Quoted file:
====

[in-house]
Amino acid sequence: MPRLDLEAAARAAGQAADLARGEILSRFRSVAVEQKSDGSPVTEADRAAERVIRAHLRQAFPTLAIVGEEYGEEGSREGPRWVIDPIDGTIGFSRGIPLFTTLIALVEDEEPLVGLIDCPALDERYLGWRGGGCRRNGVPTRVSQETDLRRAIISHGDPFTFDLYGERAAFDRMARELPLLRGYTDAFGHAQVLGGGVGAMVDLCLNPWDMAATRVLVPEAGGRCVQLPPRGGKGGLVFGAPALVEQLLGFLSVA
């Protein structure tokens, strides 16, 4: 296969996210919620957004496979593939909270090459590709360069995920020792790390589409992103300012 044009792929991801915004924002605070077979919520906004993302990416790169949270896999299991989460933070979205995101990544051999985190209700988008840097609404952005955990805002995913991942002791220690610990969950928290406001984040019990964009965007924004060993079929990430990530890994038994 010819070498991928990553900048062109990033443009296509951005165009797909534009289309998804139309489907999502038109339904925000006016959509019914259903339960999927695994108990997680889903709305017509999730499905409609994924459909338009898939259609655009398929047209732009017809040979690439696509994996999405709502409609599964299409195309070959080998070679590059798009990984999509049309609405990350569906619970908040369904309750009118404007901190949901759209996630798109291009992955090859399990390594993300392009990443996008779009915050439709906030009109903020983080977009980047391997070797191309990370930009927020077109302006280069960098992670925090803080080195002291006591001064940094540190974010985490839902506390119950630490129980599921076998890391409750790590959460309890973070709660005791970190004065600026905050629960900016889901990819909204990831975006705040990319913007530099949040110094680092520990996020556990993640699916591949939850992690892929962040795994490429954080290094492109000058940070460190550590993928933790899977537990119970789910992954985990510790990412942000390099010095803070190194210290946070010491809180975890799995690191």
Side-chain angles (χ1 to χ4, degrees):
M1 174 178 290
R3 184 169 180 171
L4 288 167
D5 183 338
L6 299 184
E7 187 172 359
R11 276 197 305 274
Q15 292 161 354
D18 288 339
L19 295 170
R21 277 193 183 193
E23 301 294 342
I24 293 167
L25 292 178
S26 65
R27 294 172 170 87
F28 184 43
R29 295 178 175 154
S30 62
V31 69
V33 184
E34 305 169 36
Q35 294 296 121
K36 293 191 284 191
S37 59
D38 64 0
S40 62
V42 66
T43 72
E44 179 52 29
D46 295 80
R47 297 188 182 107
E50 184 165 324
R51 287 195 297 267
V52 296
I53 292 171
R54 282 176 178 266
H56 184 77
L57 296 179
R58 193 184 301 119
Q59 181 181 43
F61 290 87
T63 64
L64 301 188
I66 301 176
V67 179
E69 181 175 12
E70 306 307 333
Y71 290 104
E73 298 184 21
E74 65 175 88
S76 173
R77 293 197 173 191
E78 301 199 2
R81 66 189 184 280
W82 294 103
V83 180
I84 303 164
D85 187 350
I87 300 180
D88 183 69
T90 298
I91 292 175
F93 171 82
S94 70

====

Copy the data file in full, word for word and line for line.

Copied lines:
[in-house]
Amino acid sequence: MPRLDLEAAARAAGQAADLARGEILSRFRSVAVEQKSDGSPVTEADRAAERVIRAHLRQAFPTLAIVGEEYGEEGSREGPRWVIDPIDGTIGFSRGIPLFTTLIALVEDEEPLVGLIDCPALDERYLGWRGGGCRRNGVPTRVSQETDLRRAIISHGDPFTFDLYGERAAFDRMARELPLLRGYTDAFGHAQVLGGGVGAMVDLCLNPWDMAATRVLVPEAGGRCVQLPPRGGKGGLVFGAPALVEQLLGFLSVA
């Protein structure tokens, strides 16, 4: 296969996210919620957004496979593939909270090459590709360069995920020792790390589409992103300012 044009792929991801915004924002605070077979919520906004993302990416790169949270896999299991989460933070979205995101990544051999985190209700988008840097609404952005955990805002995913991942002791220690610990969950928290406001984040019990964009965007924004060993079929990430990530890994038994 010819070498991928990553900048062109990033443009296509951005165009797909534009289309998804139309489907999502038109339904925000006016959509019914259903339960999927695994108990997680889903709305017509999730499905409609994924459909338009898939259609655009398929047209732009017809040979690439696509994996999405709502409609599964299409195309070959080998070679590059798009990984999509049309609405990350569906619970908040369904309750009118404007901190949901759209996630798109291009992955090859399990390594993300392009990443996008779009915050439709906030009109903020983080977009980047391997070797191309990370930009927020077109302006280069960098992670925090803080080195002291006591001064940094540190974010985490839902506390119950630490129980599921076998890391409750790590959460309890973070709660005791970190004065600026905050629960900016889901990819909204990831975006705040990319913007530099949040110094680092520990996020556990993640699916591949939850992690892929962040795994490429954080290094492109000058940070460190550590993928933790899977537990119970789910992954985990510790990412942000390099010095803070190194210290946070010491809180975890799995690191």
Side-chain angles (χ1 to χ4, degrees):
M1 174 178 290
R3 184 169 180 171
L4 288 167
D5 183 338
L6 299 184
E7 187 172 359
R11 276 197 305 274
Q15 292 161 354
D18 288 339
L19 295 170
R21 277 193 183 193
E23 301 294 342
I24 293 167
L25 292 178
S26 65
R27 294 172 170 87
F28 184 43
R29 295 178 175 154
S30 62
V31 69
V33 184
E34 305 169 36
Q35 294 296 121
K36 293 191 284 191
S37 59
D38 64 0
S40 62
V42 66
T43 72
E44 179 52 29
D46 295 80
R47 297 188 182 107
E50 184 165 324
R51 287 195 297 267
V52 296
I53 292 171
R54 282 176 178 266
H56 184 77
L57 296 179
R58 193 184 301 119
Q59 181 181 43
F61 290 87
T63 64
L64 301 188
I66 301 176
V67 179
E69 181 175 12
E70 306 307 333
Y71 290 104
E73 298 184 21
E74 65 175 88
S76 173
R77 293 197 173 191
E78 301 199 2
R81 66 189 184 280
W82 294 103
V83 180
I84 303 164
D85 187 350
I87 300 180
D88 183 69
T90 298
I91 292 175
F93 171 82
S94 70